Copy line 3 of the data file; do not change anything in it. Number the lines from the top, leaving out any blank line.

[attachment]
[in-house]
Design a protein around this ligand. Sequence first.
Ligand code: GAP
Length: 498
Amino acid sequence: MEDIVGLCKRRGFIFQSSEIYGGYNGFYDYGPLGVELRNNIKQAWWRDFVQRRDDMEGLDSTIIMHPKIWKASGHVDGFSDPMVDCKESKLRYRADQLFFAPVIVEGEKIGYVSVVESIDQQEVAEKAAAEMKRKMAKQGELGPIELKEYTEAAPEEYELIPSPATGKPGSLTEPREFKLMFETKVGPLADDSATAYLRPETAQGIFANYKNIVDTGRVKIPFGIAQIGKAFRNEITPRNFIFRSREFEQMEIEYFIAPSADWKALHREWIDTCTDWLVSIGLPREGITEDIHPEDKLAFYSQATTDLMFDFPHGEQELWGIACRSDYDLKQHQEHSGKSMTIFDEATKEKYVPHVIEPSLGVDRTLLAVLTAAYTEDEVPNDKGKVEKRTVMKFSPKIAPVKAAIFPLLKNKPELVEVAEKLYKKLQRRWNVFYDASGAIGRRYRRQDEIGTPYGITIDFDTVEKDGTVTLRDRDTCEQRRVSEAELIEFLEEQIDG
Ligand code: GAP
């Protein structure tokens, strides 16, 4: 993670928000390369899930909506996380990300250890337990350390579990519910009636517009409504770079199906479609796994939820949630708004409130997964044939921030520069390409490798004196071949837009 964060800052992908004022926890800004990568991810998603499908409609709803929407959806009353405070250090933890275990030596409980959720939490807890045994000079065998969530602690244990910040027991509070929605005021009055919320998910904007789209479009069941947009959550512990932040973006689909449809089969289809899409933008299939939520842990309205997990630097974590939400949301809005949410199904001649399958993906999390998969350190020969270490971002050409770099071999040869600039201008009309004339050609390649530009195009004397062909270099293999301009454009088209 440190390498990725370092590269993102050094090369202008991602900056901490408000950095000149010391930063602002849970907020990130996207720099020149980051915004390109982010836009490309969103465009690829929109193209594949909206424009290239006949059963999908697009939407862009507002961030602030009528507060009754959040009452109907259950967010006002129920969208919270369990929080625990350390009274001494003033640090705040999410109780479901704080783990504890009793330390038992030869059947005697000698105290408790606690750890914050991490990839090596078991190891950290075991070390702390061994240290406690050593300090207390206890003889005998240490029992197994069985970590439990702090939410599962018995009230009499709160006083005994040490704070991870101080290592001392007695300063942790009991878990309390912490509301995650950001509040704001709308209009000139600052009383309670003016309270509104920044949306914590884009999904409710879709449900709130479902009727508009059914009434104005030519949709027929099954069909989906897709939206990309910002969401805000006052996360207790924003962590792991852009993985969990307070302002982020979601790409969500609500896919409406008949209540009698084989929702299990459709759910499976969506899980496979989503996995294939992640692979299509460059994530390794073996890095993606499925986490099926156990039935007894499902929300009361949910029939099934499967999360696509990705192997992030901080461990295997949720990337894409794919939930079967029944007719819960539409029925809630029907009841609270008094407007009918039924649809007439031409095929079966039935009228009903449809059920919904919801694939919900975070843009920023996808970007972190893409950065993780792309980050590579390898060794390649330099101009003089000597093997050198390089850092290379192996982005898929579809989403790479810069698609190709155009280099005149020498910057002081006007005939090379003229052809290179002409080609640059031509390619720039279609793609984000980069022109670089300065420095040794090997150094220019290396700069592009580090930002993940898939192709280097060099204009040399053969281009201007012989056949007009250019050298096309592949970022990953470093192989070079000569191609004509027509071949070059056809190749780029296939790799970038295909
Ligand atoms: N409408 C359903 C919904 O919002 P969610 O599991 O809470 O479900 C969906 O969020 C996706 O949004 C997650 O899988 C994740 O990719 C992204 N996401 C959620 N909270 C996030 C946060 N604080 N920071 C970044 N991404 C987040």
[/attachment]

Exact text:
Ligand code: GAP